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Sound It Is Our Responsibility to Teach
P°""°°""°‘ Science Communication to Students
Laura N. Kloepper Science and technology impact the lives of everyday citizens, but we currently face a

Address: lack of understanding of even basic sdentific concepts bythe general public. For example,
Saint Marys Cnflege only about one in five Americans is considered "scientifically literate” (Miller, 2010).
262 Sdmce Han Various factors affect knowledge and attitudes toward science, including age, race, edu-
Nmm Dan“) India“ 46556 cational level, and political ideology (PEW Research Center, 2015; American Academy of
USA Arts and Sdences, 2018), but the perception of science directly influences public support
_ of funding for scientific research (Allum et al., 2008; Munoz et at, 2012). Unfortunately,
_ Emmi: we have a history of a bad public perception of science, especially in the media. Perhaps
nd°EPPu@mmmarYs'ed“ you remember the “shrimp on a treadmill” story from 201 1, in which a National Sdence
Foundation-funded study to invmtigate the response of marine organisms to climate
change was twisted into headlines proclaiming scientists were “wasting” millions of
taxpayers’ dollars to force shrimp to exercise (National Public Radio, 2011). Or what
about the current “anti-vax" movement, initiated by dramatic headlines and celebrity
endorsements, which has led to multiple measles outhreaks amass the United States (The
New York Times, 2019)? As scientists, we may think this isn't our problem. After all, we
are scientifically literate. We conduct research, attend conferences, and publish papers.
It’s not our fault that norisdentists can't understand the difl'erent between evidence-based
research and headline-grabbing taglines. That’s the job for the media, right?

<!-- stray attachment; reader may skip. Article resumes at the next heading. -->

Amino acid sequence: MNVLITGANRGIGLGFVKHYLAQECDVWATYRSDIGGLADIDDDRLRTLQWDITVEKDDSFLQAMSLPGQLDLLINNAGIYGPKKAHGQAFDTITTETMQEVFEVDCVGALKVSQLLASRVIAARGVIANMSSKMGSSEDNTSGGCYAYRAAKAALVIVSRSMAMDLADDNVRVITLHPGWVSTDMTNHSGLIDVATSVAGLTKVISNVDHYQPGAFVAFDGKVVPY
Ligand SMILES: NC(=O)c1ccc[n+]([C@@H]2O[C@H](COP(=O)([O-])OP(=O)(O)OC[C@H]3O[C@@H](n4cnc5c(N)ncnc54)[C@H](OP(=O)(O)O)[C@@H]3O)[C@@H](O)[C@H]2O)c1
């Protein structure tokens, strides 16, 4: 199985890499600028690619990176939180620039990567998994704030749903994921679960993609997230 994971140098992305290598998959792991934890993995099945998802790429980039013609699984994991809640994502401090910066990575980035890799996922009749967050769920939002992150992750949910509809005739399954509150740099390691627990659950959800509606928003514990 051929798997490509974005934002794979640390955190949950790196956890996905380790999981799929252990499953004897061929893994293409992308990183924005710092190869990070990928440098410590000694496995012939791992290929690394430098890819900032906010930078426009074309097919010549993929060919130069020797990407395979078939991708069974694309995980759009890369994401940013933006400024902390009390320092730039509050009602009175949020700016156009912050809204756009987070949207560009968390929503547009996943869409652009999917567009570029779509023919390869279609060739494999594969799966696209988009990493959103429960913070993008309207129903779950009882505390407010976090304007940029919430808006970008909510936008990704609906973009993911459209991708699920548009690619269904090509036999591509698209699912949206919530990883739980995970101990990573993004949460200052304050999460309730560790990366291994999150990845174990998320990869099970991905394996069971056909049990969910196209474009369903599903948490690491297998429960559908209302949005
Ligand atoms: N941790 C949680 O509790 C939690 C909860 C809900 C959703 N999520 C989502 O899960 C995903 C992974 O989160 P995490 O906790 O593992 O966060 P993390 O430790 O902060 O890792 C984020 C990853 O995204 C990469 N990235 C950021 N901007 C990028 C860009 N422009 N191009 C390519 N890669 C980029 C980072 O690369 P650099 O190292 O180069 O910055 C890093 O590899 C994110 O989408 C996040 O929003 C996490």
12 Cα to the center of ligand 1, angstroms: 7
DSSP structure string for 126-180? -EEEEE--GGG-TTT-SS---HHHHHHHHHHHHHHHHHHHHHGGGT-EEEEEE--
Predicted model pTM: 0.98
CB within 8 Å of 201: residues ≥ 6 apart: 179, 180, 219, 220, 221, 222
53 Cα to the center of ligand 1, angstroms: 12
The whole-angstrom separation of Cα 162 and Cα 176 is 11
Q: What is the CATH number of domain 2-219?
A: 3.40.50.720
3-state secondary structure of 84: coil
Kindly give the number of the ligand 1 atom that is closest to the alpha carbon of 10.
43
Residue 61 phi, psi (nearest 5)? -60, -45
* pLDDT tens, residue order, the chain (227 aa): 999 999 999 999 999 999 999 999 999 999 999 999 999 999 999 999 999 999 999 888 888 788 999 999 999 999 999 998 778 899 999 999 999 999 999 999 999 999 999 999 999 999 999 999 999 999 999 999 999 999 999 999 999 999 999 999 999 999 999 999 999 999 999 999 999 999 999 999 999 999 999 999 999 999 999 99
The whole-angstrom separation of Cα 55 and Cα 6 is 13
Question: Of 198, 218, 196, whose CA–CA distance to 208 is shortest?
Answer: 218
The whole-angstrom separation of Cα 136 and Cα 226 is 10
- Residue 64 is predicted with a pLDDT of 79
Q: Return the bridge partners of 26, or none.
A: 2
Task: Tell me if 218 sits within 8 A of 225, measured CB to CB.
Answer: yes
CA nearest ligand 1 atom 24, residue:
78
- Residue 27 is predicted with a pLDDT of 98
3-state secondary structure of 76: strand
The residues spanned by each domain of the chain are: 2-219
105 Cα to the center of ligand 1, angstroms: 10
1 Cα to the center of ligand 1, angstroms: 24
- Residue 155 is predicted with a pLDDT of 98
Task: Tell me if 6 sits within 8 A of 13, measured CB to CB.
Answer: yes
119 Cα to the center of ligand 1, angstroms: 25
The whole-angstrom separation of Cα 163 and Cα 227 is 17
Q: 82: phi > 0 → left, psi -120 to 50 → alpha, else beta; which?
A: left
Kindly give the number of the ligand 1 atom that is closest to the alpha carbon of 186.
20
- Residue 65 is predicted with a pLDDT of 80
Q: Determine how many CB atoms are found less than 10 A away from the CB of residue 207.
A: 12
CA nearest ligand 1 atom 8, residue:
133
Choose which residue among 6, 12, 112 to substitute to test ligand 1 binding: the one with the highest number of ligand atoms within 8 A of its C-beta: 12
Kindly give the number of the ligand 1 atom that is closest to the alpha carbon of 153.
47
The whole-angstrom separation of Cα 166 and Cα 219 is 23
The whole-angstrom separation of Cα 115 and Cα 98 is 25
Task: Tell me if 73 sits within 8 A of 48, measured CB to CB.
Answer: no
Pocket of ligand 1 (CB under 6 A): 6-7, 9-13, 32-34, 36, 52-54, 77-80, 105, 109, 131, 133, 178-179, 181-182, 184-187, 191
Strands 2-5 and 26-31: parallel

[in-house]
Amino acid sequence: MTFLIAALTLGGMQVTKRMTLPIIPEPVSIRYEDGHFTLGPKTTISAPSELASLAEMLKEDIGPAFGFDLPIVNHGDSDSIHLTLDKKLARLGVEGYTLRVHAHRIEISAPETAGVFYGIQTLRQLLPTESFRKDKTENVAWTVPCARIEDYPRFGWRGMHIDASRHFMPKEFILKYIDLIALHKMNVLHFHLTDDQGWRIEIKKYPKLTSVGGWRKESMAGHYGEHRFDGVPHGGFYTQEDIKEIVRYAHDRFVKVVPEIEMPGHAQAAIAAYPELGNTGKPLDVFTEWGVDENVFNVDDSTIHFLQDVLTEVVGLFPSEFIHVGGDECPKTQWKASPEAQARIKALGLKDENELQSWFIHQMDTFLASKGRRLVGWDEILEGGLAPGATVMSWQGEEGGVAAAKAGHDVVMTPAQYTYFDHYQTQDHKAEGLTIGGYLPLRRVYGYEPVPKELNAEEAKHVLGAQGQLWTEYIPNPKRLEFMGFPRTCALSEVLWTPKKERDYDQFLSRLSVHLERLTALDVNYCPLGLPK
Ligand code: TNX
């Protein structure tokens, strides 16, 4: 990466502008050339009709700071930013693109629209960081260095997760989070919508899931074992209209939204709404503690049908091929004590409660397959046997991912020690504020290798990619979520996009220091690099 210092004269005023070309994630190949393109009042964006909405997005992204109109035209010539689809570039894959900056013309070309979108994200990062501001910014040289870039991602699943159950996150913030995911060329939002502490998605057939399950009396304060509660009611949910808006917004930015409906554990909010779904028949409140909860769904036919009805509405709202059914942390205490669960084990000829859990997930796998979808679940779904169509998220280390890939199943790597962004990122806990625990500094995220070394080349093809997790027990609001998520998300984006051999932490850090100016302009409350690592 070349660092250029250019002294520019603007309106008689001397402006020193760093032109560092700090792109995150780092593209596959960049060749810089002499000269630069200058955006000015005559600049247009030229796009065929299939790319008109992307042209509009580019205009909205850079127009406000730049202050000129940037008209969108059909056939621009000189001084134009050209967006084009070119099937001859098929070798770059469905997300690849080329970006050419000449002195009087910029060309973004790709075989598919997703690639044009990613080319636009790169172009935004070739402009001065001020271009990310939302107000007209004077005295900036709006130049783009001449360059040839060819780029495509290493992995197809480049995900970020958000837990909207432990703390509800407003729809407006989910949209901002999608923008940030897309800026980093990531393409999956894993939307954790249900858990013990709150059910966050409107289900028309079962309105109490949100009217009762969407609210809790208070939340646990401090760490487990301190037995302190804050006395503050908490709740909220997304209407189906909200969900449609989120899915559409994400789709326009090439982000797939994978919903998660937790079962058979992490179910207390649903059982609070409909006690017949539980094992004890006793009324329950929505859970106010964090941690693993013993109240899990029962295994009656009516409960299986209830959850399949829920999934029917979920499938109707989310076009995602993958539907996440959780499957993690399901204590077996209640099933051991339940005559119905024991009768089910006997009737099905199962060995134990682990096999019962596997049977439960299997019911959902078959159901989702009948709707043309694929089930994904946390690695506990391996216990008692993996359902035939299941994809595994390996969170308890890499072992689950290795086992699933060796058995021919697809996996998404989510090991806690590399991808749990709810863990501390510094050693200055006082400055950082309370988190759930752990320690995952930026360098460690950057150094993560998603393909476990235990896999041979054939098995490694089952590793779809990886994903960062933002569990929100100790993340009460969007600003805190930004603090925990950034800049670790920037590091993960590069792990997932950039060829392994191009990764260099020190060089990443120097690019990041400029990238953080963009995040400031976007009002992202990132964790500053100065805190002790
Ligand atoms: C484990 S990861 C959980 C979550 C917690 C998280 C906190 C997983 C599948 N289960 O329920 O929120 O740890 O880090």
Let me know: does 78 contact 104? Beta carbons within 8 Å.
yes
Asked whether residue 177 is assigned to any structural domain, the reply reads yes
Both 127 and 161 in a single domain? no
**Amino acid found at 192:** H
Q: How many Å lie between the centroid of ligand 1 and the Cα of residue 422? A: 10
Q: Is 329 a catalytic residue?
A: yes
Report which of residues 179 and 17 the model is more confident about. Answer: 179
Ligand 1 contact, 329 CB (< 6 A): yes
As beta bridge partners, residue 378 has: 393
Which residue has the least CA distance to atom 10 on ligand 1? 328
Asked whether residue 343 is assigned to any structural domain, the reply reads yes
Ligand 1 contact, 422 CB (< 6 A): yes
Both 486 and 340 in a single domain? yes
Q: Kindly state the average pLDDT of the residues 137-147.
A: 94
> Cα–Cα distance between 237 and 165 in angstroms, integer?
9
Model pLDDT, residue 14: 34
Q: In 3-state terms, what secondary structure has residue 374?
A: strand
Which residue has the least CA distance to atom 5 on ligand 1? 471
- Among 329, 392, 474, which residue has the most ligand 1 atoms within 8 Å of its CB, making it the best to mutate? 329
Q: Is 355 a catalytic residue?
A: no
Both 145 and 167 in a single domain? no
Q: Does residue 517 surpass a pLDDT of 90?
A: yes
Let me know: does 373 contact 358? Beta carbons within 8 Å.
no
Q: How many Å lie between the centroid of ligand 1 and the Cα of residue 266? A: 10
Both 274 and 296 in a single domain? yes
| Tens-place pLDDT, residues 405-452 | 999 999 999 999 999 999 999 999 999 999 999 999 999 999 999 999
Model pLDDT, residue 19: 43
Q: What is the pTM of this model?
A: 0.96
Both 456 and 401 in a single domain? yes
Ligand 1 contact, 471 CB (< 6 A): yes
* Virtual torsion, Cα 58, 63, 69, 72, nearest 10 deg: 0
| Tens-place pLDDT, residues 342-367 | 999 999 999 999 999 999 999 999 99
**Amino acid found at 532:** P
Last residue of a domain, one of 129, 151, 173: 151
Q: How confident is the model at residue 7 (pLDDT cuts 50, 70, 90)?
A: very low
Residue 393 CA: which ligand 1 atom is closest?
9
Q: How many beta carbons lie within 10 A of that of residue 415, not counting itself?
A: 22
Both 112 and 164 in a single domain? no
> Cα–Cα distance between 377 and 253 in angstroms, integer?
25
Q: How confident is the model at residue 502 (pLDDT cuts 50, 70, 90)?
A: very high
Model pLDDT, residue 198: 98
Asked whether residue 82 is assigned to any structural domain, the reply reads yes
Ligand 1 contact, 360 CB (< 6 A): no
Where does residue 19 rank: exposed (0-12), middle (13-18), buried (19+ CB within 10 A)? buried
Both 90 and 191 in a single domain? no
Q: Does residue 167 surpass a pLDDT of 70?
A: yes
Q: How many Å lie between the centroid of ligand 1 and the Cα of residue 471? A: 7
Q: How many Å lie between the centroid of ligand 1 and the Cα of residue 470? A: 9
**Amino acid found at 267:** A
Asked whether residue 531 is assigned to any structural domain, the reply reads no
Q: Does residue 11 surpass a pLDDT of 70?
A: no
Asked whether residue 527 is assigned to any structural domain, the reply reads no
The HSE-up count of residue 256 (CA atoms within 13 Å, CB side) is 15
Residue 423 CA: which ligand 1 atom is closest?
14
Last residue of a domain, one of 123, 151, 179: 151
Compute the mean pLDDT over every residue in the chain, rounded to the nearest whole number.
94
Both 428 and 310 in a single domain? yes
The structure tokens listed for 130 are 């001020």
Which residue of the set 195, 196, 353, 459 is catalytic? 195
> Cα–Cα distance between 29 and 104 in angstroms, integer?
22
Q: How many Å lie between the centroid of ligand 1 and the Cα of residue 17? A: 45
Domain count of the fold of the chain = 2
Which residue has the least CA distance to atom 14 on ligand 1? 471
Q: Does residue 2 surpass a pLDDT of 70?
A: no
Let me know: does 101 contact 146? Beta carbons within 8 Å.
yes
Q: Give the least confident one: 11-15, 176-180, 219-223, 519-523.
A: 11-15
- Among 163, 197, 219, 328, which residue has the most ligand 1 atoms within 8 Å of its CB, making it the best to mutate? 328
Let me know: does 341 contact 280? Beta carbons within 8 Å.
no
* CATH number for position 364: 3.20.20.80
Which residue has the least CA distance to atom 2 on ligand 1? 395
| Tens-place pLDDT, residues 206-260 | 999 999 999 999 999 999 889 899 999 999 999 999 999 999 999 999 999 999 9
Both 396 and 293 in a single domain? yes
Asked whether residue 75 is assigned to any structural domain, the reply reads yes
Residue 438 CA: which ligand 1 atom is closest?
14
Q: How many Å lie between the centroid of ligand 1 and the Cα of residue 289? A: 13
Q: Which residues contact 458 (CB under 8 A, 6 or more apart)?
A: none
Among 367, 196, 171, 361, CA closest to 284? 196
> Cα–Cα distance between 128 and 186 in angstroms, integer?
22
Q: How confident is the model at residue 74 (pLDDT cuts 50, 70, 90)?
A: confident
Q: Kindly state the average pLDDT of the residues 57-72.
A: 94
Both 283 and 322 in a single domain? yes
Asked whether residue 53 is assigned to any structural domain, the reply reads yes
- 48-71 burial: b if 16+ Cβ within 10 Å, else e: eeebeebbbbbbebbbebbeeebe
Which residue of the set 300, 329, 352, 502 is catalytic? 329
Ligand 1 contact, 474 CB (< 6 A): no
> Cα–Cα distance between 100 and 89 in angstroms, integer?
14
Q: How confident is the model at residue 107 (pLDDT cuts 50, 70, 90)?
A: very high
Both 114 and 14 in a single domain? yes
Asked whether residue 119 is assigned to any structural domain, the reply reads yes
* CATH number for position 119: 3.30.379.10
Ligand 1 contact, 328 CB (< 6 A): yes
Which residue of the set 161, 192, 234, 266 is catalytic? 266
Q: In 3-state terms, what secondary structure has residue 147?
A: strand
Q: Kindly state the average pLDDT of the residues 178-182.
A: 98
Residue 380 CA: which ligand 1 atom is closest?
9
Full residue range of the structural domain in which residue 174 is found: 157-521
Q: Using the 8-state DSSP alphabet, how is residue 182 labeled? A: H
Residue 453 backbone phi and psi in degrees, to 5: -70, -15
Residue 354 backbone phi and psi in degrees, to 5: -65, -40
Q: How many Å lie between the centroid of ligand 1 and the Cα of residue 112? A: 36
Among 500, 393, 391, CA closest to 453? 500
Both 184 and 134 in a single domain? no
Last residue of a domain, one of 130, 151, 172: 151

Albert Einstein once said, “You do not really understand something unless you can
explain it to your yandmother." Even though this statement was delivered before the rise
of social media and 24/7 news cycles, his words are even more important today. Iargue
that it is indeed every scientist‘: responsibility to learn how to efieetively communicate
the key ideas of their research to the general public including the societal relevance of
their work. As scientists, we cannot rely on others to communicate our research. We
must allbe advocates for science and help promote the importance of research funding
through effective science communication. Otherwise, we face the continued problem
of science skepticism, which bleeds into our politicians and directly impacts our ability
to secure future research funding. Whether our communication is through technical
writing, conference presentations, discussions with the media, tweets, or even infor-
mal oonversations with airline seatmates, scientisu everywhere need to learn effective
strategies to communicate science to a wide audience. Fortunately, we are beginning to
understand the importance of science communication, and there are numerous work-
shops and seminars that scientists can attend to hone their communication skills (e.g.,
aldacenterorglworkshops; aaa.s.orglprogra.nis/communicating-science; comsciconcom;
sciencetallcorg). But with the increasing demand of time on scientists, are extracurricular
workshops enough?
Ifwe want to tnily efiect change, we need to view science communication as a fundamen-
tal skill that we mach our students. A recent survey of the acoustics graduate programs
listed in the Acoustical Society of America Acoustics Program Directory determined
that although writing is informally part of the graduate education process, only 9% of
programs have required science writing courses (either technical, i.e., scienti.fic papers,
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